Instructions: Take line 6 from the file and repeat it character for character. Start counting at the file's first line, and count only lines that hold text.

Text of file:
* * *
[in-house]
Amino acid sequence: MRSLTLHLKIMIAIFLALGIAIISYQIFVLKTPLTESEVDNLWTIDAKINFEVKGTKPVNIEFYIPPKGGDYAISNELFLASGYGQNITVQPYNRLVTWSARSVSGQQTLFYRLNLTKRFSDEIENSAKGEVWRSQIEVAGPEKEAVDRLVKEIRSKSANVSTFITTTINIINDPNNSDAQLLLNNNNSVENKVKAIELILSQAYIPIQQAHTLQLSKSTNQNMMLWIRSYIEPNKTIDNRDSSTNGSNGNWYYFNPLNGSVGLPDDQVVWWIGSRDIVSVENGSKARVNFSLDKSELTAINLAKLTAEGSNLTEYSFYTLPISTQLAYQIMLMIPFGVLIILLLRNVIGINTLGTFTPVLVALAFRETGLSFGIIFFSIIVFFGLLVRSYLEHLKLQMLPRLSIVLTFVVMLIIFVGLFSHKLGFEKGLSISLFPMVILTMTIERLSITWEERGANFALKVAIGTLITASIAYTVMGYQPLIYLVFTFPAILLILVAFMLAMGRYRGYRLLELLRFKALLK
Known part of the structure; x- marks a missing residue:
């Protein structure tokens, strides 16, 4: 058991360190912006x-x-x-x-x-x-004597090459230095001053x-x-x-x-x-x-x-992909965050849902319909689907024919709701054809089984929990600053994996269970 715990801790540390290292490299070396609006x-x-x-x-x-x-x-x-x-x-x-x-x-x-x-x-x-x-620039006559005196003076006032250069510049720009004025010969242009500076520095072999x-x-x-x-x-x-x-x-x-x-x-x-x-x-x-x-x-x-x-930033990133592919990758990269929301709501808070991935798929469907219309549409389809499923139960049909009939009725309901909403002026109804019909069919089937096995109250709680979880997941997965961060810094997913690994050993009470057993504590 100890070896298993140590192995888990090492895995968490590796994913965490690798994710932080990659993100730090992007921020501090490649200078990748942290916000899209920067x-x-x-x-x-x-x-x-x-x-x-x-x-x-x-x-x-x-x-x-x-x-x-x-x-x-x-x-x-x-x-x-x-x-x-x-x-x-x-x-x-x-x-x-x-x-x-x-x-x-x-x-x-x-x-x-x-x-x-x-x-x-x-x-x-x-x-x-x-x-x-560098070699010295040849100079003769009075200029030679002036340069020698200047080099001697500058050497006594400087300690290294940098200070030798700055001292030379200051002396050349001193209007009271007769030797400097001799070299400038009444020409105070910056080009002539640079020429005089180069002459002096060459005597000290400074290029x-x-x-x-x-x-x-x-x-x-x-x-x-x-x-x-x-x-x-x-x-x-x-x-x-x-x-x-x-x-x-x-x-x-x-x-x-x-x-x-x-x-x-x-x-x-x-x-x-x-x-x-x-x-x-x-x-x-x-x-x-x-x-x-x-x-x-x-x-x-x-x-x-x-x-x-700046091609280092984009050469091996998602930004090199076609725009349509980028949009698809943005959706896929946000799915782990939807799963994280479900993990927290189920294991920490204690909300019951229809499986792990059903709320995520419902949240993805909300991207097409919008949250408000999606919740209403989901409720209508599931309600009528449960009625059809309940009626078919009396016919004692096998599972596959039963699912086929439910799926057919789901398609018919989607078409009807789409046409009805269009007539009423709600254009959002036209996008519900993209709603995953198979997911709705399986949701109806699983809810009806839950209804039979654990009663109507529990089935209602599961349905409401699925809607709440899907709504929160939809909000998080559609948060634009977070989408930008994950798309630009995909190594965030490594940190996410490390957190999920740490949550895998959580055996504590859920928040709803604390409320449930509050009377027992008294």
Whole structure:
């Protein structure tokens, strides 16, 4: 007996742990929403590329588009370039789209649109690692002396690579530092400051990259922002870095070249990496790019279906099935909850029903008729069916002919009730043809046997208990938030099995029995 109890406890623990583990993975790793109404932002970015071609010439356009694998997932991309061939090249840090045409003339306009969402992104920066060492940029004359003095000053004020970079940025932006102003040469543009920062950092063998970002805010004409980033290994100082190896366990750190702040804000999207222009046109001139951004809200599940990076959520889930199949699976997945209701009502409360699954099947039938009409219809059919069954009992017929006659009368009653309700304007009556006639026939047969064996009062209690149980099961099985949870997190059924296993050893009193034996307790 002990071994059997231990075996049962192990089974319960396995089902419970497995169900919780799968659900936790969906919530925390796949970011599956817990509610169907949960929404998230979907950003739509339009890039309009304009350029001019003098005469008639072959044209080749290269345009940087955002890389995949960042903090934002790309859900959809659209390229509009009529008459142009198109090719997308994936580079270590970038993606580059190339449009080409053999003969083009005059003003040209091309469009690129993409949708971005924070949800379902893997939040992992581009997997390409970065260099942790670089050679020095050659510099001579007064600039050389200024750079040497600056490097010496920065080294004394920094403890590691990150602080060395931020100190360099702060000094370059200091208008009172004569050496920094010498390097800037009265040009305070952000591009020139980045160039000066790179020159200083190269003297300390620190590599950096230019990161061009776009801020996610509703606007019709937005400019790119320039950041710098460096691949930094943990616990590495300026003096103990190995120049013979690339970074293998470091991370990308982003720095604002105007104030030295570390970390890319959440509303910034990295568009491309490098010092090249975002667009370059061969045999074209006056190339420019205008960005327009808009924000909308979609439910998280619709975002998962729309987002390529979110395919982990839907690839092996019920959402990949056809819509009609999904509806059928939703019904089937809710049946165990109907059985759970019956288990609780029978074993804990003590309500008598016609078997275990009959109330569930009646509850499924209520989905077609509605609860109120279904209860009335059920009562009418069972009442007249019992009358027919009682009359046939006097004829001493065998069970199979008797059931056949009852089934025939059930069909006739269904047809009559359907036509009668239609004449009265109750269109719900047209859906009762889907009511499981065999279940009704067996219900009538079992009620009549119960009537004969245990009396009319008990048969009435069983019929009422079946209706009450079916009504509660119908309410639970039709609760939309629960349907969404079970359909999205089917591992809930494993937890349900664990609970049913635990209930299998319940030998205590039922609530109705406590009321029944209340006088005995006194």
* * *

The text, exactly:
């Protein structure tokens, strides 16, 4: 007996742990929403590329588009370039789209649109690692002396690579530092400051990259922002870095070249990496790019279906099935909850029903008729069916002919009730043809046997208990938030099995029995 109890406890623990583990993975790793109404932002970015071609010439356009694998997932991309061939090249840090045409003339306009969402992104920066060492940029004359003095000053004020970079940025932006102003040469543009920062950092063998970002805010004409980033290994100082190896366990750190702040804000999207222009046109001139951004809200599940990076959520889930199949699976997945209701009502409360699954099947039938009409219809059919069954009992017929006659009368009653309700304007009556006639026939047969064996009062209690149980099961099985949870997190059924296993050893009193034996307790 002990071994059997231990075996049962192990089974319960396995089902419970497995169900919780799968659900936790969906919530925390796949970011599956817990509610169907949960929404998230979907950003739509339009890039309009304009350029001019003098005469008639072959044209080749290269345009940087955002890389995949960042903090934002790309859900959809659209390229509009009529008459142009198109090719997308994936580079270590970038993606580059190339449009080409053999003969083009005059003003040209091309469009690129993409949708971005924070949800379902893997939040992992581009997997390409970065260099942790670089050679020095050659510099001579007064600039050389200024750079040497600056490097010496920065080294004394920094403890590691990150602080060395931020100190360099702060000094370059200091208008009172004569050496920094010498390097800037009265040009305070952000591009020139980045160039000066790179020159200083190269003297300390620190590599950096230019990161061009776009801020996610509703606007019709937005400019790119320039950041710098460096691949930094943990616990590495300026003096103990190995120049013979690339970074293998470091991370990308982003720095604002105007104030030295570390970390890319959440509303910034990295568009491309490098010092090249975002667009370059061969045999074209006056190339420019205008960005327009808009924000909308979609439910998280619709975002998962729309987002390529979110395919982990839907690839092996019920959402990949056809819509009609999904509806059928939703019904089937809710049946165990109907059985759970019956288990609780029978074993804990003590309500008598016609078997275990009959109330569930009646509850499924209520989905077609509605609860109120279904209860009335059920009562009418069972009442007249019992009358027919009682009359046939006097004829001493065998069970199979008797059931056949009852089934025939059930069909006739269904047809009559359907036509009668239609004449009265109750269109719900047209859906009762889907009511499981065999279940009704067996219900009538079992009620009549119960009537004969245990009396009319008990048969009435069983019929009422079946209706009450079916009504509660119908309410639970039709609760939309629960349907969404079970359909999205089917591992809930494993937890349900664990609970049913635990209930299998319940030998205590039922609530109705406590009321029944209340006088005995006194």